You Aren’t Limited To Giving
Only A Tithe
But You Should Know How To Calculate It
Although many practice tithing they don’t all agree on how to calculate the tithe, or more specifically, on what portion of their income should be included in the calculation.
- Some give a tithe (ten percent) of their gross income (pre tax).
- Some pay tithes only on net income (after tax).
- Some exclude more than taxes, e.g. pension contributions, before calculating their tithe.
But the stated reasons for each approach are rarely substantial and mostly unconvincing.
- Those who tithe on their gross income do so either casually, “just because” (glib), or adamantly for unstated reasons (legalistic) and both justify the practice with emotional arguments: “do you want God to bless all your income or just part of it.”
They also point to people who are extraordinarily endowed with the gift of giving, such as Randy Alcorn who gives far more than a tithe, to make their argument. These examples, however, if not correctly represented, argue against tithing and suggest we should give much more, although we can’t be sure exactly how much.
Truth? If the millions of Christians in the world who don’t fit the “Randy Alcorn” mold would simply tithe, the impact would be much greater than that caused by the excessive giving of a few Alcorn types. No disrespect intended toward Randy. We applaud the Randy’s of the world but realistically can’t expect everyone to follow suit.
- Those who tithe on their net income suggest that because tax money is paid directly to the government – completely bypassing one’s bank account – it doesn’t qualify as “income” (semantics).
That isn’t an argument and the proof is the fact that the government doesn’t buy it. The amount on which taxes are calculated includes the money paid in taxes.
- Those who exclude retirement investments plan to tithe on it later. Of all the arguments this is the most reasonable.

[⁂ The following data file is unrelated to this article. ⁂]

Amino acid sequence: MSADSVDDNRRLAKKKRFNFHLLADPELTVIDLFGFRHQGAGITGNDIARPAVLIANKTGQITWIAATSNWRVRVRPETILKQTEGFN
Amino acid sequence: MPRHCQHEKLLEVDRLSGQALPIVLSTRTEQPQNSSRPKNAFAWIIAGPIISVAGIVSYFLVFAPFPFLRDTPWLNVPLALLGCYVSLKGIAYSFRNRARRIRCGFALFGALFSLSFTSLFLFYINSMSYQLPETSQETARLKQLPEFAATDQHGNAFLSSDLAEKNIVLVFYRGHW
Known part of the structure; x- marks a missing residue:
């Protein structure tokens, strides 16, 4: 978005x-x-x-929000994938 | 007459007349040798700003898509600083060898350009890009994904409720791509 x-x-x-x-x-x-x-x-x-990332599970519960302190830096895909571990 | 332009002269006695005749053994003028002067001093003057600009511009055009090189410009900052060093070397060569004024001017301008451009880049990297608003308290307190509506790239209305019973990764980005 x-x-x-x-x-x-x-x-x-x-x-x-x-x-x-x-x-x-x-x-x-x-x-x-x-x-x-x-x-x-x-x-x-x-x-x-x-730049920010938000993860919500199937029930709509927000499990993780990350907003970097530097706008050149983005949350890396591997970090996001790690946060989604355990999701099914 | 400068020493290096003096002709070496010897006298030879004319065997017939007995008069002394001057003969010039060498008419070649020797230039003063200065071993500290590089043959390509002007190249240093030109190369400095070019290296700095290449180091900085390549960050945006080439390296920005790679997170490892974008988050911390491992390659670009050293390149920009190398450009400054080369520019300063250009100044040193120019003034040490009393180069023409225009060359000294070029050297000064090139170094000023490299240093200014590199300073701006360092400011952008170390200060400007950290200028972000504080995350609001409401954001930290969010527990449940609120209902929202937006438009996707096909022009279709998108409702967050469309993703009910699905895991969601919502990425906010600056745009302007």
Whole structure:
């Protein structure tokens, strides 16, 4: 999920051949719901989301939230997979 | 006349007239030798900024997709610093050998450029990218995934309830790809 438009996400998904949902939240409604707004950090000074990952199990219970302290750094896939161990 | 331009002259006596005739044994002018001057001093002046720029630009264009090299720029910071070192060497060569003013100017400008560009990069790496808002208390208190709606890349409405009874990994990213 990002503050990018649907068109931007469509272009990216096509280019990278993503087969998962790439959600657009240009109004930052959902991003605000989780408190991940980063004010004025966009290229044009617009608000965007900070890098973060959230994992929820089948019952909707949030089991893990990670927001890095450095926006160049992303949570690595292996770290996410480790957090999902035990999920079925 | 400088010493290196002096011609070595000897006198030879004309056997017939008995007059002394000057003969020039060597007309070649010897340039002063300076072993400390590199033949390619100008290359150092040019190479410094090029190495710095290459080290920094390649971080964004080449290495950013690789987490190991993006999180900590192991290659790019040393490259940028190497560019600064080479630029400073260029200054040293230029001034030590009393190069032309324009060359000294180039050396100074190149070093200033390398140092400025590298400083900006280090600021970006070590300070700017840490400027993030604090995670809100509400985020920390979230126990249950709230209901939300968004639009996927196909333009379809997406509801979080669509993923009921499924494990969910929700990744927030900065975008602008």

The problem is, all these different approaches creates confusion for those starting out and generates arguments among tithers. Anti-tithers freely use the disagreement to fuel the debate over the relevancy of tithing for the New Testament.
For this reason, tithing is not an issue about which we can be superficial or casual.
It isn’t a vague concept and must be spelled out clearly if it is to be understood properly. That doesn’t mean it must be overly rigid but it shouldn’t be sloppy either. It must be defined with enough clarity and flexibility to be applied to every person’s financial situation.
It’s a long discussion. Too long for most blog posts, but the arguments are spelled out in Tithing For Today, which you can find at Amazon in Kindle format. And it’s reasonably priced to suit every budget.
In Tithing, Douglas Leblanc provides much more than a narrow discussion on a traditional issue. He doesn’t present the same old arguments, the same boringly technical way.
Instead, and probably because he is “no theologian or exegetical writer,” Douglas has found an intriguing way to cut to the real heart of the issue. He shares the experiences of eleven different couples and one lone Monsignor, all of whom practice tithing for a very similar reason: selflessness.